“It’s amazing how many cheaters and liars believe they won’t be caught. In today’s age of technology, there won’t just be a paper trail. There will be multiple electronic and digital trails, as well.” warns Cathy Burnham Martin.

Don’t fall for false prestige

Some people put on the impression that they are great philanthropists merely as a part of social stunt. There are people who cast a number of lies to project a better social image and prestige. But is it worth the risk they are taking? Is it not better to forget the imagined self-image and confirm to the reality, coming to an honest appraisal about our actual capabilities, real worth and accomplishments. It would be disastrous to rely on our capability to weave the lie web to cheat those around you. Let us therefore check our propensity to lie to ourselves.

The findings reveal that most human beings have a far greater capacity to cheat than they themselves realize. They will spend immense resources of time and money to convince themselves that they are glorious and outstanding. We all wear a mask unknowingly. A false pretention may bring a momentary glory but remember, over a period we would lose our self worth and the lies we wove becomes a burden for life. So revive your real self before it becomes too late, cast aside those masks. If we live through lies we would get entangled in that web and losing our identity would be the result. Expose the hard truths and the person next to you may have a better respect for you.

We must realize that even the smallest form of cheating is irrational and immoral. We cheat to some extent to gain something without violating our personal worth, or expend resources to build up a false image for ourselves and taste that glory. But remember our conscience will keep on murmuring ‘you are wrong’ for we know that cheating and lying are dishonest acts. “Cheating is very easy; try something more challenging like being faithful. After all, it is how responsible we are to ourselves, our dreams, and our partner that we get to mature and grow wiser.” says Kabelo Mabona.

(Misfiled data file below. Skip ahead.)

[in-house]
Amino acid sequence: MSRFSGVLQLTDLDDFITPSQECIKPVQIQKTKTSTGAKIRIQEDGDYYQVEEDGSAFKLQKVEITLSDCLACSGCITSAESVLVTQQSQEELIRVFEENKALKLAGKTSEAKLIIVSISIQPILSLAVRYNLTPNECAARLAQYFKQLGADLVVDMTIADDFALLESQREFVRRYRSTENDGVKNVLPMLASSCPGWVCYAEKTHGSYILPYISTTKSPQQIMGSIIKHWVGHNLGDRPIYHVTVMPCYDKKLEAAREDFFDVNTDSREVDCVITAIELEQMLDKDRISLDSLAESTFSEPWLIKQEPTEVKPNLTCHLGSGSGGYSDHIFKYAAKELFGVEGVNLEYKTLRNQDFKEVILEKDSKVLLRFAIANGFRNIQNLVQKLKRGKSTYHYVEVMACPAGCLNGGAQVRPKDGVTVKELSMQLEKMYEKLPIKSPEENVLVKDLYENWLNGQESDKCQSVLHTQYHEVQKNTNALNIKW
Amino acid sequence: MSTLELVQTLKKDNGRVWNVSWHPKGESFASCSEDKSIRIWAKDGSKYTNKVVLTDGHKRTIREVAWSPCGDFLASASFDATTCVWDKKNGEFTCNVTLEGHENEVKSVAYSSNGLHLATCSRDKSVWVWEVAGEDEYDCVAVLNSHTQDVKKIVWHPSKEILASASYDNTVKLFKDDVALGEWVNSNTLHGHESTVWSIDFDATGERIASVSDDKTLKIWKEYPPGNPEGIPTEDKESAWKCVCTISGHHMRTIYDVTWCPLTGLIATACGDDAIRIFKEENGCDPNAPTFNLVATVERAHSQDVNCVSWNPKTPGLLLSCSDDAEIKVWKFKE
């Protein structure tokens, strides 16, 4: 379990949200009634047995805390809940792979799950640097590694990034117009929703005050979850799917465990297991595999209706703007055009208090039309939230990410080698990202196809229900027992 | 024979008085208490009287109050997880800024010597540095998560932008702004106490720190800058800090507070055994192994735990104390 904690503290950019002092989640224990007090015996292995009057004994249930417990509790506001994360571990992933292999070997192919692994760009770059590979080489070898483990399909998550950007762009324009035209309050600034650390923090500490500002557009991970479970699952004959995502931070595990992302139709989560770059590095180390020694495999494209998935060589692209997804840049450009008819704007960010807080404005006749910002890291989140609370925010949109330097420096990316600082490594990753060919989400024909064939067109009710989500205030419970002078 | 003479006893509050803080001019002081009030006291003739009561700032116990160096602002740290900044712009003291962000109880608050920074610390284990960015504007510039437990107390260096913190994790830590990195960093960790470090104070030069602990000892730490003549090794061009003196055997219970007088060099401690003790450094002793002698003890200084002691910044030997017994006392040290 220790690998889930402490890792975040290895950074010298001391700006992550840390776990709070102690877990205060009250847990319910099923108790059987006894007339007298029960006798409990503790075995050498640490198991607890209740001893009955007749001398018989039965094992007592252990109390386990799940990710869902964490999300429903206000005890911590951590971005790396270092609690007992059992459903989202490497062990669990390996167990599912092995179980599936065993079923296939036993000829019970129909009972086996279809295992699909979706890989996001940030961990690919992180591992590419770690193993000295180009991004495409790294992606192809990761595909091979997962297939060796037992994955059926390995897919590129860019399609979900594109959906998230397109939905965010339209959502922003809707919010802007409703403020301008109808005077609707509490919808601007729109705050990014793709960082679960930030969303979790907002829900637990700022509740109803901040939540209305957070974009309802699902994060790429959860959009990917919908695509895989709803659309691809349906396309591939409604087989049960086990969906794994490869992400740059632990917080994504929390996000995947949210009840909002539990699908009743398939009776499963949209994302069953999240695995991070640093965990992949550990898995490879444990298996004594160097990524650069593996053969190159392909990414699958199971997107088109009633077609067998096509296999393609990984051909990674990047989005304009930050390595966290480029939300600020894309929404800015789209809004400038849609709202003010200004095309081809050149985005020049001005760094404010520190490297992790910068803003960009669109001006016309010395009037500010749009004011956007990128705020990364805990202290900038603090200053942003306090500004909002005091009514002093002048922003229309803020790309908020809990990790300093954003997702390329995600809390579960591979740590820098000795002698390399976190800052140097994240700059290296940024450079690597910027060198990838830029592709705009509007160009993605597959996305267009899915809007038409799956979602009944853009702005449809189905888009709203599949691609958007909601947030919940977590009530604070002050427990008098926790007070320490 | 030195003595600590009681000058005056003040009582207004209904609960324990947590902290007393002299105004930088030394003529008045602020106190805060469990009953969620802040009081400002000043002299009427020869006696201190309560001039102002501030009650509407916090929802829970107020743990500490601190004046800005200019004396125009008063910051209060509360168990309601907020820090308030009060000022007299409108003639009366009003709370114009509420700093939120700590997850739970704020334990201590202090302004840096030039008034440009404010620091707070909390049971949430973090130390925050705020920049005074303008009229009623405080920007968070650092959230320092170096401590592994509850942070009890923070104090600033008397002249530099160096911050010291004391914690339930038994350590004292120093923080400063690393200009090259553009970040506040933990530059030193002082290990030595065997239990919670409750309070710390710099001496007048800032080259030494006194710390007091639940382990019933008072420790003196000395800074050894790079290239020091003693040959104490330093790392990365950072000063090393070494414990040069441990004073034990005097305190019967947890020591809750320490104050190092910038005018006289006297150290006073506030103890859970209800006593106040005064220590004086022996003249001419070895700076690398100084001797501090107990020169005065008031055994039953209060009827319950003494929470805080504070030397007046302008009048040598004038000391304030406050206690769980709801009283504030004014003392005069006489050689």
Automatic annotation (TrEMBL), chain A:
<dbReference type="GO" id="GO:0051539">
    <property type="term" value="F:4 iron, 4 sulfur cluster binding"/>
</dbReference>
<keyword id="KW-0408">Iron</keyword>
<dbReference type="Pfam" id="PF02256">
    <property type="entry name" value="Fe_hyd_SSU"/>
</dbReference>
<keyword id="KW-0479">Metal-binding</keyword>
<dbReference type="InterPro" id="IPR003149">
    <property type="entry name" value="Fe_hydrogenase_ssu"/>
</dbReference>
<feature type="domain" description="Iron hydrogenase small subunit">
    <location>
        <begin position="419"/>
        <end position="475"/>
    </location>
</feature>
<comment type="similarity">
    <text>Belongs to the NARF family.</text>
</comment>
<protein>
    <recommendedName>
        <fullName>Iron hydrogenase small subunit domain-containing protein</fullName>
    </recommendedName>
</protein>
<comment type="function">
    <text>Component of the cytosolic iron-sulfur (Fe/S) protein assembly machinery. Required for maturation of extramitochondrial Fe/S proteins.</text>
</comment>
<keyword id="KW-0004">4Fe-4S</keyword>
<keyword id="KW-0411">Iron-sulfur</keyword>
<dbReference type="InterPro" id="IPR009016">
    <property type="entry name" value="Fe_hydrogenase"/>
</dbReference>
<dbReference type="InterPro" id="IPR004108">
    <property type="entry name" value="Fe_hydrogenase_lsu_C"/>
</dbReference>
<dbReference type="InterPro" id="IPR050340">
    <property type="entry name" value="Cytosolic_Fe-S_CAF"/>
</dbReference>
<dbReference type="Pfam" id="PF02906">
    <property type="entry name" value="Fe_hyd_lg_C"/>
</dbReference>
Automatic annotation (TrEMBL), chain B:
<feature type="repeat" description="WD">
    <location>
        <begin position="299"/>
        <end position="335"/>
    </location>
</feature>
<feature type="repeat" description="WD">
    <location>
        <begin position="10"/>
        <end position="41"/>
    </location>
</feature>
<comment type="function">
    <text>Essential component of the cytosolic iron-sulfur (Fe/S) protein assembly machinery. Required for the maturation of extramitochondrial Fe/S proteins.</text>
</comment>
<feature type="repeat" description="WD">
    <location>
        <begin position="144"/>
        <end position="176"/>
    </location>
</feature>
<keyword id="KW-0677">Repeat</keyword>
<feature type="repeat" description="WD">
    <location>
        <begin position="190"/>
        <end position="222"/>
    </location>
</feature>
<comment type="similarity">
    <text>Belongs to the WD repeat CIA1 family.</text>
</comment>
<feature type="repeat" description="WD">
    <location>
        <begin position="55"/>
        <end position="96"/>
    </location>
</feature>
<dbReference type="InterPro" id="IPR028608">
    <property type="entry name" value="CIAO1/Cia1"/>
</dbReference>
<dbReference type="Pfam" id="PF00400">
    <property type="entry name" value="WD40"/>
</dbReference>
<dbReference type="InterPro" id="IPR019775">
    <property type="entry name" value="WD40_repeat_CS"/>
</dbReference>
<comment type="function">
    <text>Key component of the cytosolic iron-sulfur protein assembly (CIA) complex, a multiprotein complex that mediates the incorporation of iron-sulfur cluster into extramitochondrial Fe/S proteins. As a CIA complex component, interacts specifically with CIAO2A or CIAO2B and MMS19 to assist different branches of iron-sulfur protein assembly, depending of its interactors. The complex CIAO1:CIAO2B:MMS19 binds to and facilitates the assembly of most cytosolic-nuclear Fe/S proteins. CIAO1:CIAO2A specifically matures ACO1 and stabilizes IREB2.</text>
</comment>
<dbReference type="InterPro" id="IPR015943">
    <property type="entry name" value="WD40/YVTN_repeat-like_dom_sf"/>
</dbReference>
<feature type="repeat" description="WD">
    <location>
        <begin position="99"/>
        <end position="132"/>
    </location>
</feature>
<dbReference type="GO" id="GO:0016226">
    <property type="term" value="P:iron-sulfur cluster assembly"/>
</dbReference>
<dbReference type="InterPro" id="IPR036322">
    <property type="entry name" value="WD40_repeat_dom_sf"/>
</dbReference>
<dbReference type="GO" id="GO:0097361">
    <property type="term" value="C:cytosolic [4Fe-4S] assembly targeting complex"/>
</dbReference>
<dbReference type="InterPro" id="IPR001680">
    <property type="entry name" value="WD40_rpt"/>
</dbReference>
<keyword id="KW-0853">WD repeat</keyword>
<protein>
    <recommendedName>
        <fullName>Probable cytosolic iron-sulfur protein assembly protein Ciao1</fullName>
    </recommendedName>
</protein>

Let us be true to ourselves and remember the saying ‘honesty is the Best policy.’

About the Author

Jose Vazhuthanapilly, BSc., LLB, DBM, CAIIB Retired in 2008 as AGM from State Bank of India. He had worked as a visiting faculty in the Bank’s Staff Training Centers for 5 years. He is a writer with 20 books to his credit including books on self-help/ psychology. He resides in Ernakulam, Kochi. He is active also in social service. He can be contacted at


  • Prasangakarkkulla Kadhakal – St. Paul’s Books, Eranakulam
  • EQ – Vyakti Jeevitham Mikavuttathakkam – Sophia Books, Calicut
  • Atma Viswasathinte Karuthu Nedam – Sophia Books, Calicut
  • Mano Sankharshangale Keezhadakkan Chila Prayogika Margangal – Media House, Calicut
  • Vijayam Ningalude Ullil Thanneyanu – Vimala Books

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Jose VazhuthanapillyBSc., LLB, DBM, CAIIB Retired in 2008 as AGM from State Bank of India. He had worked as a visiting faculty in the Bank’s Staff Training Centers for 5 years. He is a writer with 22 books to his credit including books on self-help/ psychology. He resides in Ernakulam, Kochi. He is active also in social service. He can be contacted at


  • Prasangakarkkulla Kadhakal (St. Paul’s Books, Ernakulam)
  • EQ – Vyakti Jeevitham Mikavuttathakkam (Sophia Books, Calicut)
  • Atma Viswasathinte Karuthu Nedam (Sophia Books, Calicut)
  • Mano Sankharshangale Keezhadakkan Chila Prayogika Margangal (Media House, Calicut)
  • Vijayam Ningalude Ullil Thanneyanu (Vimala Books)
  • Fulton Sheeninte Jeevitham (Carmel International Publishing House)
  • Matti Varakkam Jeevitham ( Jeevan Books)
  • Vivaham Kootti Vilakkam (Media House)
Titles in English
  • Torrential Bliss-Practical Wisdom for Happy Living-Kindle Books.
  • (Articles originally published in Daily Brunch)
  • Know your e-kid-A parenting Guide-Kindle Books
  • (Articles originally published in Daily Brunch)
Read more from the author